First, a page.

In the wake of the Harvey Weinstein allegations, it was strange to find myself sitting in Singapore’s MasterCard Theatre last Friday night, watching nine uniformly beautiful girls, uniformly dressed in nothing but black busbies, collars and G-strings, moving with military precision as the tiny fringe of blonde tassels that covered their pubic areas swayed to reveal uniformly neat black landing strips.
Strange and disturbing.
A parade of denuded nudes with their doll-like faces and tiny pert breasts, thrusting their bottoms out and lip-synching to Oops, I Did It Again, Toxic and You Turn Me On for the titillation of its champagne-drinking audience.
Harvey Weinstein would have loved it.
The tickets had been a gift. Naively, we thought it would be a “dark cabaret”, like Amanda Palmer’s Dresden Dolls – bold, funny and perhaps even empowering, like the 2010 movie Burlesque starring Cher and Christina Aguilera.
But from the first moment, as the Crazy Horse girls performed God Save Our Bareskin, a parody of the British Changing of the Guard, it was clear that this parade of Barbie dolls was about as empowered as The Stepford Wives
“This is what happens when girls don’t get an education,” I whispered to my husband.
Sadly, this isn’t true. According to a 2011 article in The Telegraph about the 60th anniversary of the Crazy Horse cabaret, the girls are mostly classically trained dancers, who willingly undergo the transformation from individual to avatar.
The cabaret, which founder Alain Bernardin labelled the “temple of chic”, originally began as an American-style saloon, named after the Native American warrior chief Crazy Horse.
According to The Telegraph, it closed in 1953, but Bernardin had an epiphany soon after when he saw Midnight Frolics, a film about the Los Angeles burlesque scene. His club re-opened a few months later featuring a Haitian dancer who stripped down to a G-string.
It was a huge success. “I understood the body of a woman would make my fortune,’ Bernardin said later.
Bernandin set an exacting physical standard for the dancers, who had to be between five foot five and five foot eight, with no more than 11 inches between the nipples and nine inches between navel and pubis.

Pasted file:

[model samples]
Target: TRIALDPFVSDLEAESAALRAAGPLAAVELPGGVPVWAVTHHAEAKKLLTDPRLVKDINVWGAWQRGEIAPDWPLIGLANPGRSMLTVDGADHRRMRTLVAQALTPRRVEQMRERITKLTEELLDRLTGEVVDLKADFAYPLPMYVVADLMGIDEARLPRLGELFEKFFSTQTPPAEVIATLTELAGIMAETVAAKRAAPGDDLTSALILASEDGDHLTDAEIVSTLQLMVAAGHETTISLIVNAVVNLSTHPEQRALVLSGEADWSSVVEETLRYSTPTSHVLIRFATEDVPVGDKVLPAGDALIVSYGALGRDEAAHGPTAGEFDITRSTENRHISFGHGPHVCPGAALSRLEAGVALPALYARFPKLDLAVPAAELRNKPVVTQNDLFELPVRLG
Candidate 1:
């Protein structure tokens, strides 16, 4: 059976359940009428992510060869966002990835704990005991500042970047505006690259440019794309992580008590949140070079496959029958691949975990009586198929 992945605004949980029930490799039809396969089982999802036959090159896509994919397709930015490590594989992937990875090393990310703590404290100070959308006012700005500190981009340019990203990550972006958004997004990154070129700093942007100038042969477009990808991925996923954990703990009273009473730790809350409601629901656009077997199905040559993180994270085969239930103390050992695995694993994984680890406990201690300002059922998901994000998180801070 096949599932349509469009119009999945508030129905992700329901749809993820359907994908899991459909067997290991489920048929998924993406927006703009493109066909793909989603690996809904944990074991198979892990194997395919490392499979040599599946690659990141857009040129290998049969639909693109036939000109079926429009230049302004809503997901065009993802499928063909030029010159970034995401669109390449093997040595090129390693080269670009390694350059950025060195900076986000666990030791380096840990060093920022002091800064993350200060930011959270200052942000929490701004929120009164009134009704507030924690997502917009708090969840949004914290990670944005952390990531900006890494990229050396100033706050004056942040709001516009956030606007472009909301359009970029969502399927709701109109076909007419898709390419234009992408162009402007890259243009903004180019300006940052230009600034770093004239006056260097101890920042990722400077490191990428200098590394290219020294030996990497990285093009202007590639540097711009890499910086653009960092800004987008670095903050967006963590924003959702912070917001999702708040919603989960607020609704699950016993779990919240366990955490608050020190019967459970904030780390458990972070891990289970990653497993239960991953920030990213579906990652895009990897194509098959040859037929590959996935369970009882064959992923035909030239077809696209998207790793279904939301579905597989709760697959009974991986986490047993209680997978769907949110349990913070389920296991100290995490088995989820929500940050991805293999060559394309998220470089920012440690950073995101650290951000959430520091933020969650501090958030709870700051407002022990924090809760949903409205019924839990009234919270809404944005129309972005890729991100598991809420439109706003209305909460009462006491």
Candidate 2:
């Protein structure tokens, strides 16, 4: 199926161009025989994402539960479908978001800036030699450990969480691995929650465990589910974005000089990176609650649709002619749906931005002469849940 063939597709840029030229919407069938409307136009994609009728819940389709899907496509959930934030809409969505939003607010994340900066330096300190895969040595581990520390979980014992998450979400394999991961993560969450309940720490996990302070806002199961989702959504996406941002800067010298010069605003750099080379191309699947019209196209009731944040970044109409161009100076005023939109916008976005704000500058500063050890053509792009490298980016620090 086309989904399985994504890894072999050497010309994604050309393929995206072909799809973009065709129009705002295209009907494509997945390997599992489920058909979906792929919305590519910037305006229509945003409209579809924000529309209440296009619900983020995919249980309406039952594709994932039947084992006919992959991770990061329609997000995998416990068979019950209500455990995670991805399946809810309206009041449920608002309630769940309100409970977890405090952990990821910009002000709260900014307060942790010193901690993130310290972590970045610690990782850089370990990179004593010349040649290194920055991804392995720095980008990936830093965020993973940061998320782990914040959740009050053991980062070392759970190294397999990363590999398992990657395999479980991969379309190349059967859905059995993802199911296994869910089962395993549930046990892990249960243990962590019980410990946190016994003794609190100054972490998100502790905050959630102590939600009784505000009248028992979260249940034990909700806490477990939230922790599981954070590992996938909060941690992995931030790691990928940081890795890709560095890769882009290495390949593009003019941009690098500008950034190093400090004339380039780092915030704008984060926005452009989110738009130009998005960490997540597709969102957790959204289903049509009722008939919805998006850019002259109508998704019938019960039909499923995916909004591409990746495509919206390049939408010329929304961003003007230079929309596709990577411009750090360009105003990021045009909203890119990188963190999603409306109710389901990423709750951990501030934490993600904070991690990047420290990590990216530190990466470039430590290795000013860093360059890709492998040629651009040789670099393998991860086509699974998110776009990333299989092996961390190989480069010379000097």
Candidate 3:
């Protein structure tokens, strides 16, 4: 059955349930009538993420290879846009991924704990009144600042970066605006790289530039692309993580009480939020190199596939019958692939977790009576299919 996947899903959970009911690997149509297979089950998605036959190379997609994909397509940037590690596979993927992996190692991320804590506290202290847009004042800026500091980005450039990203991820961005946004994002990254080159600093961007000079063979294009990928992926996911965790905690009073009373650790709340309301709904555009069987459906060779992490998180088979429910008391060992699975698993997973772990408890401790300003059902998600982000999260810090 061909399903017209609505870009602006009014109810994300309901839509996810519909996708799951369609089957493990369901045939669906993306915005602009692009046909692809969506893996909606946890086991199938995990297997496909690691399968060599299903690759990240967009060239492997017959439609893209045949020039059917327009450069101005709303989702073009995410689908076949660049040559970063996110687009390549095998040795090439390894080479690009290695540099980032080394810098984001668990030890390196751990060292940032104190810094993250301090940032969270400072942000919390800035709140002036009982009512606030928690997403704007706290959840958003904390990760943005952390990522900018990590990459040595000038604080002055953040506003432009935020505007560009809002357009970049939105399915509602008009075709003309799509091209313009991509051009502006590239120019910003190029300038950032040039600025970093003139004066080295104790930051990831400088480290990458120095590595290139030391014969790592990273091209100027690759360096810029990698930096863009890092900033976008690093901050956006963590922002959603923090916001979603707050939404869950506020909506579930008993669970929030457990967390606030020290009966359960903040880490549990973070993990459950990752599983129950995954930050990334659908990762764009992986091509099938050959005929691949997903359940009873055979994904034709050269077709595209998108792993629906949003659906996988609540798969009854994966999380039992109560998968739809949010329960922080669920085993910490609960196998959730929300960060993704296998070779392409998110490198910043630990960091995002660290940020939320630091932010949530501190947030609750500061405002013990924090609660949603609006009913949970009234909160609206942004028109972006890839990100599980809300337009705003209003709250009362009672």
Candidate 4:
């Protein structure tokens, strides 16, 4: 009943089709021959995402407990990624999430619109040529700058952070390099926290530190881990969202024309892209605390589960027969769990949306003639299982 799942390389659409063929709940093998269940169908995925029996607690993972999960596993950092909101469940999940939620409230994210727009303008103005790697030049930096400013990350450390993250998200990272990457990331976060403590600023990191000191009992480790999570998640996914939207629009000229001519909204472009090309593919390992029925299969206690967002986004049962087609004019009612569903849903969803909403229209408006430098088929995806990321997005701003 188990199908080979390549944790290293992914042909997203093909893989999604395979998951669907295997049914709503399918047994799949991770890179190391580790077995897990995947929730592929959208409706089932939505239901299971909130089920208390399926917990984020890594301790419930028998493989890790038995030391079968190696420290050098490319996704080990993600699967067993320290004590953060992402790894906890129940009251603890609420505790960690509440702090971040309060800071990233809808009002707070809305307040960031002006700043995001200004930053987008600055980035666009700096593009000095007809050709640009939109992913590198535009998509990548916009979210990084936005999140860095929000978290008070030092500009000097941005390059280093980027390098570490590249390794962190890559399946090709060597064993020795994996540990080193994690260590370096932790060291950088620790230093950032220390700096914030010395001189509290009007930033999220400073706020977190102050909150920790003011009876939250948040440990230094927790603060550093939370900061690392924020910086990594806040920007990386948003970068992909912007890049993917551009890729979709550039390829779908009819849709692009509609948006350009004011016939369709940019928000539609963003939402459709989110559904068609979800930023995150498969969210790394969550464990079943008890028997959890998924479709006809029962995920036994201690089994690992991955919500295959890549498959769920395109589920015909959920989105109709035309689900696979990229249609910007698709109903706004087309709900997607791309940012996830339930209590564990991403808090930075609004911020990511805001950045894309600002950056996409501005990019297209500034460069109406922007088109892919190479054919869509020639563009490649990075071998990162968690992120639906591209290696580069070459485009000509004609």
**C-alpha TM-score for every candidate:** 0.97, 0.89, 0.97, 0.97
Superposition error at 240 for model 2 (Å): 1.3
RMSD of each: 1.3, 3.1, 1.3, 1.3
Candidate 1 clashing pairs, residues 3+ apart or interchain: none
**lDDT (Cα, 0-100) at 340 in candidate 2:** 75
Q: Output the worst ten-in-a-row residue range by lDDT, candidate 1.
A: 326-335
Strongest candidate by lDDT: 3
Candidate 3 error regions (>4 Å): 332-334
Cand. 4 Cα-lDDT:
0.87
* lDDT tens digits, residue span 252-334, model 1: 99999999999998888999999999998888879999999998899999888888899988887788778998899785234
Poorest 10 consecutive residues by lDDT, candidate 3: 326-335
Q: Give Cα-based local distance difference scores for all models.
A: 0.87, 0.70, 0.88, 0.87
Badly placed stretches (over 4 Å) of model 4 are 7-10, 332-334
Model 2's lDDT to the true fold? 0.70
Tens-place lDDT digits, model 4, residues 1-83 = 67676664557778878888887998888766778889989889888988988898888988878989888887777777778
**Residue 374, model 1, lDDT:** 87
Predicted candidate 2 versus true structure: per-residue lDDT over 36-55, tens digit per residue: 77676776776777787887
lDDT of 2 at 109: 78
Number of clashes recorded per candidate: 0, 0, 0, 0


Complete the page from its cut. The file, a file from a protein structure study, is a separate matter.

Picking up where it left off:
Wigs and custom-made stilettos ensured they were all the same height, and they were given new names. (On the night we attended, credits included names like Bamby (sic) and Candy.)
Bernadin also tightly controlled their activities and sacked them if they failed the weekly weigh-ins.
The Telegraph quotes his daughter, Sophie: “Somehow they belong to you if you protect them. My father said it’s like joining a religion. You are a nun; it’s like a convent. You do what you are told.”
Sadly, what passed as “the temple of chic” in the ’50s now appears as beauty and symmetry without personality or humanity.
After the third number, the out-dated routines seemed as uniform and bland as the girls – who were about as sexy as bunch of naked Barbies in a toy box.
Between sets, one girl, wearing stickers in the shape of lips stuck to her nipples and a red swan’s down mini-crinoline to show her bare bottom and G-string, simpered across the stage lip-synching to Doobie Doobie Doo, throwing out kisses and lip-shaped stickers and mouthing “I love you” to selected audience members, who mostly laughed or squirmed.
And while the show is not intended to be crude, in one number the girls wore fake horsetails – not the pin-the-tail-on-the-donkey type, but the type where the tail is bound at the base, like a racehorse, to make it thrust out from the body like a giant dildo.
The ennui from the audience was obvious in the tepid applause, which only warmed up when the one man in the outfit appeared: Mr Fantastic, an ordinary-looking bloke who injected some humour by parodying his lack of physical attributes and then surprising us with his contortions. It was a huge relief, and thus earned a disproportionate response.
Unlike the girls, Mr Fantastic appeared as an individual, with quirks and failings. In his second act, he dropped his bowler hat twice, but as a man he was allowed to fail and be imperfect and even won a round of applause for it.
These denuded nudes with their doll-like faces, stripped of clothes and identity sent a strange and disturbing message: we are here for your titillation alone. We are nobody, we are nothing; we don’t even have real names. We are not real people.
As long as women are still objectified like this for entertainment, it is easy to see how they may be objectified in real life.
As the past few weeks of Weinstein revelations have shown, such objectification inevitably leads to abuse, particularly when accompanied by power.
This makes shows like Crazy Horse even more sad and alarming, not because of what they show, but because the girls are dehumanised.
And when people are dehumanised it is easier to treat them inhumanely.